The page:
# Foundations

Container images are built on top of base images by copying information from other images and intacting with the environment. Modus uses decidable logic programming to concisely capture and efficiently resolve dependencies between images and to encapluate environmental interactions with predicates and operators. This section discusses the logic programming foundations of Modus. You do not need to understand these foundations to use, and profit from, Modus.

## Design Principles

• Maintainability: make build definitions maintainable by enabling modularity, code reuse and dependency resolution.
• Efficiency: make builds efficient by automatic parallelisation and fine-grained caching; provide tools for optimising the image size.
• Expressiveness: enable the user to express complex build workflows.
• Simplicity: provide minimalistic syntax and well-defined, non-Turing-complete semantics for build definitions.

## Container Image Build Model

A Docker/OSI container image consists of a set of layers combined using a union mount filesystem. To build an image, the user specifies the parent image and defines operations that are executed on top of the parent image to form new layers. The most common operations are copying local files into the container and executing shell commands.

Another important operation which enables multi-stage builds is copying files from another image. A multi-stage build can be visualised as the following graph. Each instruction in this graph creates a new filesystem layer. Instructions are specified using Dockerfile's notation: FROM defines the parent image, COPY copies local files, RUN executes shell command, and COPY --from copies files from another container.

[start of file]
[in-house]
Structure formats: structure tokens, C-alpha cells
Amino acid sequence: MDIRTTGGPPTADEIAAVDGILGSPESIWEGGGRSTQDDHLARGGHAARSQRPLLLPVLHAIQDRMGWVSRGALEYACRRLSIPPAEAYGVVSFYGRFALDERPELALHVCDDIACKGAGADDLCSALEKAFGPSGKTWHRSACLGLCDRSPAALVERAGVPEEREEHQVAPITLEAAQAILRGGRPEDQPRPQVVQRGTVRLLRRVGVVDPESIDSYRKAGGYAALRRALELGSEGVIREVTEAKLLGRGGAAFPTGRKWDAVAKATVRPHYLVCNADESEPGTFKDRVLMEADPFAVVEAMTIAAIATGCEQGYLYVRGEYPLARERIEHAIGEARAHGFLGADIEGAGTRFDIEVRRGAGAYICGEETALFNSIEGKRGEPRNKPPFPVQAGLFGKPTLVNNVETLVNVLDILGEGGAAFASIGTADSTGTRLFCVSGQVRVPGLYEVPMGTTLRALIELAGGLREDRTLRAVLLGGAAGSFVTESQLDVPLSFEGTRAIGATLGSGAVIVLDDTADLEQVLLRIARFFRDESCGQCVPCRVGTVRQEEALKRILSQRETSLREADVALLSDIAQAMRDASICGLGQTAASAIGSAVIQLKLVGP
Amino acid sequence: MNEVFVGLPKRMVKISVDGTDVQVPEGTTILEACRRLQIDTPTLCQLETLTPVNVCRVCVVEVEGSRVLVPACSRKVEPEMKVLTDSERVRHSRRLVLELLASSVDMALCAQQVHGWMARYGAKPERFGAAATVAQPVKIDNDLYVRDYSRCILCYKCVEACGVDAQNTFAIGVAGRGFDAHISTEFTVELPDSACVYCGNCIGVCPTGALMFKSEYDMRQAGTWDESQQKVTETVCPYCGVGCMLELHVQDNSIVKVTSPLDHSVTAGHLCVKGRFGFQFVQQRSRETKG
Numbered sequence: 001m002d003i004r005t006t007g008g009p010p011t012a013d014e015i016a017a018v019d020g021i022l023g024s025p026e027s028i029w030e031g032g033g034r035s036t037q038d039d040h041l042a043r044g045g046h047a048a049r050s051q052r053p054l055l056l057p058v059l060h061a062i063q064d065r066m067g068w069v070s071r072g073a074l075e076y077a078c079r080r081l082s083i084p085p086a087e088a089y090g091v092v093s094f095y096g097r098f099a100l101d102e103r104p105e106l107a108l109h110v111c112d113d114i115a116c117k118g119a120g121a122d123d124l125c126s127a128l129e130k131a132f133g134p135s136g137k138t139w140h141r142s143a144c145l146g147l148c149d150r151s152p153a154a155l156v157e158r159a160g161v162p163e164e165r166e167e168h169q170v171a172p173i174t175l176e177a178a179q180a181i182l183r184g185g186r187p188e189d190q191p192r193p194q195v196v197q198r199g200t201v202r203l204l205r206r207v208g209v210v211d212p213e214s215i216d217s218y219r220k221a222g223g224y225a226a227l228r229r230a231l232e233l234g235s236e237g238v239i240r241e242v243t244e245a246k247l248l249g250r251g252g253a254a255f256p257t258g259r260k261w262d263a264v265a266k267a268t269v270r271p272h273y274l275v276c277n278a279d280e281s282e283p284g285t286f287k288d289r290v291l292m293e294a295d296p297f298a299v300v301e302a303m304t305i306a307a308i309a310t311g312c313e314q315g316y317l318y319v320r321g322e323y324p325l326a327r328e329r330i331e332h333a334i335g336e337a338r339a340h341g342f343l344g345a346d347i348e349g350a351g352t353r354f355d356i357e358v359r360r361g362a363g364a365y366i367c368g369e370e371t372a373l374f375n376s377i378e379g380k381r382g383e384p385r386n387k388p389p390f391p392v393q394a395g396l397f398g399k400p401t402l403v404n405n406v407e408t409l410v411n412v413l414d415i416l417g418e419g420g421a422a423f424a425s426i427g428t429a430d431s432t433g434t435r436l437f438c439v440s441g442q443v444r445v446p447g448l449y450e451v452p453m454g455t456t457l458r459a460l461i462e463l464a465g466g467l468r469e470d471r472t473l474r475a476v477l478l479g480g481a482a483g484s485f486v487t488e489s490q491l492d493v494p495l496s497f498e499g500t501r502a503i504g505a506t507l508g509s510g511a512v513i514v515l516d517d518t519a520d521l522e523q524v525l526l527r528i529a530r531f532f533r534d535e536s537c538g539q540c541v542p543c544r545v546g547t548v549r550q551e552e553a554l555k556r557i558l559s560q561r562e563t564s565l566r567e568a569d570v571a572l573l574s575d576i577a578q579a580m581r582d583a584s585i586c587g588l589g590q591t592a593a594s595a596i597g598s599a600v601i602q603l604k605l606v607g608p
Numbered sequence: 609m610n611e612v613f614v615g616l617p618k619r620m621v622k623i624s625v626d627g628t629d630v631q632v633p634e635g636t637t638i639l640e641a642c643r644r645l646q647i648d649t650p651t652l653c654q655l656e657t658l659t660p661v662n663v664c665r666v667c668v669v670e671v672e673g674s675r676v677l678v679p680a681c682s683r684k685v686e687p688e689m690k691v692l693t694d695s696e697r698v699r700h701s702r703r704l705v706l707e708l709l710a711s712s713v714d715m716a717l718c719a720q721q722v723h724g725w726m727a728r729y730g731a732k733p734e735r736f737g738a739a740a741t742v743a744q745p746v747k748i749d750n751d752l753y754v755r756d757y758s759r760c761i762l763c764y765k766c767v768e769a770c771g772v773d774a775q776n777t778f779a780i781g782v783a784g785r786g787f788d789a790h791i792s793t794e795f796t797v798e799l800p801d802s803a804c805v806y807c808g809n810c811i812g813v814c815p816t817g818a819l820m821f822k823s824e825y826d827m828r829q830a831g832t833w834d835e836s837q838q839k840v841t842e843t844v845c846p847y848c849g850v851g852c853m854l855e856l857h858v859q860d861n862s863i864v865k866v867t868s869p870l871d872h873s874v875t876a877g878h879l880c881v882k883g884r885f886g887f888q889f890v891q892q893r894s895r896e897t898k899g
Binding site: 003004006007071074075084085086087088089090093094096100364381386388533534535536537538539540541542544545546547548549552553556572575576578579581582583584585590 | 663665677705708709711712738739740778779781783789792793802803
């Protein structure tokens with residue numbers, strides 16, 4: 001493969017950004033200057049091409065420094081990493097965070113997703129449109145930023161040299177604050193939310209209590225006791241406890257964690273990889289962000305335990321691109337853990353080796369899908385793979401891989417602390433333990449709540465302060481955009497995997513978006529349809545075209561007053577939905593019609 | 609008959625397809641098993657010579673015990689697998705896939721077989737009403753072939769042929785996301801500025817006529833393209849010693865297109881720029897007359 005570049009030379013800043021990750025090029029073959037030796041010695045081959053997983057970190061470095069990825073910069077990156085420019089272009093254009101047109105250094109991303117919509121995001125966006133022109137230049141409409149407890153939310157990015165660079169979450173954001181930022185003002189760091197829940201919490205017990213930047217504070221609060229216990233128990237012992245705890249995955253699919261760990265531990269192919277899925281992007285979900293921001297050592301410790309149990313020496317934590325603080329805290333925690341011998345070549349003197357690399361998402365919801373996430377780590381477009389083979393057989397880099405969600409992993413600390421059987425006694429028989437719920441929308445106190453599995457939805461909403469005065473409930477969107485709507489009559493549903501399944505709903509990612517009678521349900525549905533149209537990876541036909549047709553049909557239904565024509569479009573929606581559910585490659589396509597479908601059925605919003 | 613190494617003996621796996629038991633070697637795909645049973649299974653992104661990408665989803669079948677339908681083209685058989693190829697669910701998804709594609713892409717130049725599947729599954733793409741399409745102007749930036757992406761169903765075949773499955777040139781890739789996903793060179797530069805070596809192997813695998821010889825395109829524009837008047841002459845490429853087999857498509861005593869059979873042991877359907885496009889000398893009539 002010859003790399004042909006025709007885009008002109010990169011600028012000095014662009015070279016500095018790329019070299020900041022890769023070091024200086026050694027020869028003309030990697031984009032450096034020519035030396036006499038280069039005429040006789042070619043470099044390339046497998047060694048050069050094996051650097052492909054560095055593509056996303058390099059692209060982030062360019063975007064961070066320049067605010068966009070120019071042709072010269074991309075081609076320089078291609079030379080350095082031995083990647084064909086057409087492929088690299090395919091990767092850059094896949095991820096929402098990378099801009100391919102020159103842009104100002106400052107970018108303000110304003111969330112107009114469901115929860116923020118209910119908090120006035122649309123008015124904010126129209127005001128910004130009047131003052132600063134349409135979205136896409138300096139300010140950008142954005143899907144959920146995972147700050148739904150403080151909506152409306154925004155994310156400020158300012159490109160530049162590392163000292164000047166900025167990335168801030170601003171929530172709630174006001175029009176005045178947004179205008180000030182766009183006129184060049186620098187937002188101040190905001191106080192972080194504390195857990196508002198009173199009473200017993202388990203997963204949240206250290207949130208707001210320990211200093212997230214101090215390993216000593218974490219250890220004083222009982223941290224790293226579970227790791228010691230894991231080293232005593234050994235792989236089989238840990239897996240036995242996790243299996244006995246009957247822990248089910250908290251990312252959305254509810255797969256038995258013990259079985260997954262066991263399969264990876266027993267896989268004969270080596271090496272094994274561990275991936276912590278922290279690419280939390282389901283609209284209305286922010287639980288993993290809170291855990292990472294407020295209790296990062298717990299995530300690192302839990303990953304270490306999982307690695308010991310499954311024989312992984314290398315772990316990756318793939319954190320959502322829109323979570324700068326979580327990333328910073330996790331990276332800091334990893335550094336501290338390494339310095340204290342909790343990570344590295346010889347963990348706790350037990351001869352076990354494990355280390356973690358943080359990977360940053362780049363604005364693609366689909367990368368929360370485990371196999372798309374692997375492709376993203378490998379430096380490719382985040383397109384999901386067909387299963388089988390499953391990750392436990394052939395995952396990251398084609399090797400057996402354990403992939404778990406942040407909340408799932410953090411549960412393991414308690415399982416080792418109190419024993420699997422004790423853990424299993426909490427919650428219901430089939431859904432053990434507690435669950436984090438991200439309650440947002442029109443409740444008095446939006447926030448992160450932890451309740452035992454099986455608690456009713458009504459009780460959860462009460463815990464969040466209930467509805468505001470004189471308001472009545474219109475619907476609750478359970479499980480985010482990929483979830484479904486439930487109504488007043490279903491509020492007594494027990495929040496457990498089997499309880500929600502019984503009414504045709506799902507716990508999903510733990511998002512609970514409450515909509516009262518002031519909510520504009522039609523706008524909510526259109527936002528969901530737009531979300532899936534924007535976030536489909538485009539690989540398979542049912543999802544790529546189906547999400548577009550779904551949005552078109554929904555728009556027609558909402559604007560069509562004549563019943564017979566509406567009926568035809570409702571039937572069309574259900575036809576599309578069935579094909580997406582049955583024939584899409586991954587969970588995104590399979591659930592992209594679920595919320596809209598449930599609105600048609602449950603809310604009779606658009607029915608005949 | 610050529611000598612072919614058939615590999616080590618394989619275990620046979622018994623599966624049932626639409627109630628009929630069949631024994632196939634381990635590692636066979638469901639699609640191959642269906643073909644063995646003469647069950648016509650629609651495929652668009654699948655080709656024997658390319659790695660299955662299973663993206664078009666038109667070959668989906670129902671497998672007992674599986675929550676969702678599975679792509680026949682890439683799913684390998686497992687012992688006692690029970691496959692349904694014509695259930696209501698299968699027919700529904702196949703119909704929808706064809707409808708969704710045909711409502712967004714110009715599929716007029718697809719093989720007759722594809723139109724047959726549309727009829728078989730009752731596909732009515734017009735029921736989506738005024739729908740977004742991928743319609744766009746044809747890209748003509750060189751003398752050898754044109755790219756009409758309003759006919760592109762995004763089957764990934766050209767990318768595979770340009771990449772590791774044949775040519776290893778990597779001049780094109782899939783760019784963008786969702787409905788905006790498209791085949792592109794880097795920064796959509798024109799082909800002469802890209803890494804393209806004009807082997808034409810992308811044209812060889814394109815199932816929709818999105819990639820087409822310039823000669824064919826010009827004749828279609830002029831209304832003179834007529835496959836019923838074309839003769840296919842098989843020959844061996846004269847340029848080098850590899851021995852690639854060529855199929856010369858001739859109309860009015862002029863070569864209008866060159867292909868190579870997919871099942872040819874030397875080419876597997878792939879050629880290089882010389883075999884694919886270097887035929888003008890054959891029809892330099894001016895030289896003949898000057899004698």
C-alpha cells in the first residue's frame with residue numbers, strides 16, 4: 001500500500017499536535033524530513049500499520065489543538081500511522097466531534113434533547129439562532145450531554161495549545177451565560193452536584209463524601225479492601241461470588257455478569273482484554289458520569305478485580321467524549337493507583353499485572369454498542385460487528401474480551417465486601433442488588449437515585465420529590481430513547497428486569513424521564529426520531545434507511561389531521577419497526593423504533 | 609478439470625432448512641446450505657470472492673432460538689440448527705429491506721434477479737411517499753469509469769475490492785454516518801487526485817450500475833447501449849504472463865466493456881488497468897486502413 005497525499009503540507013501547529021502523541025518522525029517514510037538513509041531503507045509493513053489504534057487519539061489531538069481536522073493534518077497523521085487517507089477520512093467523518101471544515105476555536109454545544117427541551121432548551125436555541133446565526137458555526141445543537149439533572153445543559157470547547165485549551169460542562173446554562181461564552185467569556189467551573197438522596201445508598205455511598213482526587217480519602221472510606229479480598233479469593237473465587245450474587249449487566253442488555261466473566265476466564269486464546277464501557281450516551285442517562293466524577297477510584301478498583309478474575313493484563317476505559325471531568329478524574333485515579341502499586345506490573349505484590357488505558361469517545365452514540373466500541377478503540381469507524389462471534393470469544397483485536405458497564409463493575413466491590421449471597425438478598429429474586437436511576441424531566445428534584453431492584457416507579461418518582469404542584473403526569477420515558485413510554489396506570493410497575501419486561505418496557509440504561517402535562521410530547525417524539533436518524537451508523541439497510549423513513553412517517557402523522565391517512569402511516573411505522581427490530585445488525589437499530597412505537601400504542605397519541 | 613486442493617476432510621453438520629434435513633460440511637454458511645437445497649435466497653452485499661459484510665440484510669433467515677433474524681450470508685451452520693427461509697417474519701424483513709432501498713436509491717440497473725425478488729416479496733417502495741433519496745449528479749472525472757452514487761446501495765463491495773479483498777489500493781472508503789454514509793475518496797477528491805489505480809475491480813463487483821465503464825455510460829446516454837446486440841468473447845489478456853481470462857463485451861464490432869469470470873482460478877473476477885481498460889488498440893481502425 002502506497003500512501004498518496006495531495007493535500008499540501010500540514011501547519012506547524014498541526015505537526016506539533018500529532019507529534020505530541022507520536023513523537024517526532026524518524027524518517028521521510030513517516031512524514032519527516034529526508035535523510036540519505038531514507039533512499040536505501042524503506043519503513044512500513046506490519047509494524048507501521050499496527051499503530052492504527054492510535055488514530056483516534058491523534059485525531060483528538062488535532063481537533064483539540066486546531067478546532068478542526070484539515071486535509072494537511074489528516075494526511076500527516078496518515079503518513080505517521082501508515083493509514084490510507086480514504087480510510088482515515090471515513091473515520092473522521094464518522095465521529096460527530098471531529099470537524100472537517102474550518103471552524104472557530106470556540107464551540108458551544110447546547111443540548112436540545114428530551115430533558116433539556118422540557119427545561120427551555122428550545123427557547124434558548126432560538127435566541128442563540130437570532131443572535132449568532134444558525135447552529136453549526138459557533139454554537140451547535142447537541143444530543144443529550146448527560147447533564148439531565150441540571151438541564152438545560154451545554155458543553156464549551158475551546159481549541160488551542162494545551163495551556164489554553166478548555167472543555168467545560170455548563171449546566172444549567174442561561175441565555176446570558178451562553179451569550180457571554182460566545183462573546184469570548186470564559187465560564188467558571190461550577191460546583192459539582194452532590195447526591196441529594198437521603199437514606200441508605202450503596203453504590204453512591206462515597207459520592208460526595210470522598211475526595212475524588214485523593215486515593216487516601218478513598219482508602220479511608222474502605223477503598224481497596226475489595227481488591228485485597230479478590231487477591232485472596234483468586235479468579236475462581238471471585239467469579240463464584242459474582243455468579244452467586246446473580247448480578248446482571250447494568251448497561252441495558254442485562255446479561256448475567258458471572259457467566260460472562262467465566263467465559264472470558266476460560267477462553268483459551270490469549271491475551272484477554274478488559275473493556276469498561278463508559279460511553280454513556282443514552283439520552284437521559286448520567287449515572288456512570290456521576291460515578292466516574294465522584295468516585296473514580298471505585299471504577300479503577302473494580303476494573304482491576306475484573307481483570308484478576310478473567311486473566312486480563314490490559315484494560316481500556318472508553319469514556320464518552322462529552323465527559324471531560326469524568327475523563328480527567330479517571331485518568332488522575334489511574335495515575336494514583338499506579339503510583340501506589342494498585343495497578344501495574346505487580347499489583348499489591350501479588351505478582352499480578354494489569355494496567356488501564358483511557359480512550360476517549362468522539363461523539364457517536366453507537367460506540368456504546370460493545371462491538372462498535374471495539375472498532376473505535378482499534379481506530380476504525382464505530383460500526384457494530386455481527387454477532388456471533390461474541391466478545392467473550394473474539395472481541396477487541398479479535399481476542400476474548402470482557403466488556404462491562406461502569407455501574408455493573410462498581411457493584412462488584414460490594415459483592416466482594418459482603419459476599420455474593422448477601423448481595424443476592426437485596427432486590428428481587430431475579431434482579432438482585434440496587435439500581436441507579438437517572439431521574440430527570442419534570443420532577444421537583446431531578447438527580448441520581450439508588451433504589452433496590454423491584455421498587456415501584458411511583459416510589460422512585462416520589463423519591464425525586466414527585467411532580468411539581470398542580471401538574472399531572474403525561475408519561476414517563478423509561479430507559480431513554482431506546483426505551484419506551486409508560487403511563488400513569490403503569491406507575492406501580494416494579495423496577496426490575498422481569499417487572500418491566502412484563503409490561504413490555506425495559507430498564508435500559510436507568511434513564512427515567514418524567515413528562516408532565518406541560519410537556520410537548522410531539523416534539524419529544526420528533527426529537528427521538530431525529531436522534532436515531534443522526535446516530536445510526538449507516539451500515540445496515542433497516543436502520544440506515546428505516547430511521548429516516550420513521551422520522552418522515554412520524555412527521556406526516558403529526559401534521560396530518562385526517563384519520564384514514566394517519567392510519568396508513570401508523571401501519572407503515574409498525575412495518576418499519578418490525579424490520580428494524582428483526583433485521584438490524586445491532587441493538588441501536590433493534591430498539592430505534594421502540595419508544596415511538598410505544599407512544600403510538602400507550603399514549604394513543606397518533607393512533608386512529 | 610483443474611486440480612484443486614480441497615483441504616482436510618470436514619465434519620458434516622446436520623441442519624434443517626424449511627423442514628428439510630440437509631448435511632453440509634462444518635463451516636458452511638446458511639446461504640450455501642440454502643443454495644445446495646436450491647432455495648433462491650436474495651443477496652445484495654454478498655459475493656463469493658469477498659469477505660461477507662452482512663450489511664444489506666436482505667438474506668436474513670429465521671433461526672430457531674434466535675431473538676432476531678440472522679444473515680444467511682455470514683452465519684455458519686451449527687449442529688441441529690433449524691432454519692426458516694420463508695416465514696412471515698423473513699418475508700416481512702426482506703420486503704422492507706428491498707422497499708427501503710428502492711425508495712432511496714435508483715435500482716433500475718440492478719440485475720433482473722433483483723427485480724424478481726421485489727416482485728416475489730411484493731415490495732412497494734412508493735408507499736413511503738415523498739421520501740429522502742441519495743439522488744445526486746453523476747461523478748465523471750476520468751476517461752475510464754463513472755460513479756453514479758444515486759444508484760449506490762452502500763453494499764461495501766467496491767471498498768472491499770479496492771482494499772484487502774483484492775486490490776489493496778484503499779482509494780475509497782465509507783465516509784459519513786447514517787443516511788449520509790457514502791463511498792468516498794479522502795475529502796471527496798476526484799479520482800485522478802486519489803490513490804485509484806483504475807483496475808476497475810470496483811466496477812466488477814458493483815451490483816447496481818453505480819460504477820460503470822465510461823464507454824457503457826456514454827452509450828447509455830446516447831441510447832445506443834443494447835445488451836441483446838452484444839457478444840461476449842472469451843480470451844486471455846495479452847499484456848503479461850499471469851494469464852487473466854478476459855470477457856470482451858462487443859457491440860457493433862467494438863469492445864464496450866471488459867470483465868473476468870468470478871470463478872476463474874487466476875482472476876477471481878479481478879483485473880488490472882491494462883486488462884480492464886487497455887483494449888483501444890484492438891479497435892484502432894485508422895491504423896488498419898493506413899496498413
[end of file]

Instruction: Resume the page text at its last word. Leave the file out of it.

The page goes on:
The key insight of Modus is that the resolution of dependencies between images in this build model maps to Horn clauses, logical formulas in the form $$u \leftarrow (p \wedge q\ \wedge ... \wedge\ t)$$. Particularly, container images correspond to logical facts, build rules are logical rules that derive new facts from existing facts, and the build graph is a minimal proof of the fact representing the build target from the facts representing existing images.

Consider the following recursive build script:

a(mode) :-
(
mode = "production",
from("alpine"),
a("development")::copy("/app", "/app")
;
mode = "development",
from("gcc"),
copy(".", "/app"),
run("cd /app && make")
)::set_workdir("/app").


For the goal a(X), where X is a variable, Modus computes the following build trees:

a("production")
╞══ from("alpine")
└── a("development")::copy("/app", "/app")
╞══ from("gcc")
├── copy(".", "/app")
└── run("cd /app && make")
a("development")
╞══ from("gcc")
├── copy(".", "/app")
└── run("cd /app && make")


The subtree a("development") of the two trees is shared; it is only built once.

## Datalog

Datalog is a decidable fragment of Horn clauses. A good overview of Datalog is given in the following article: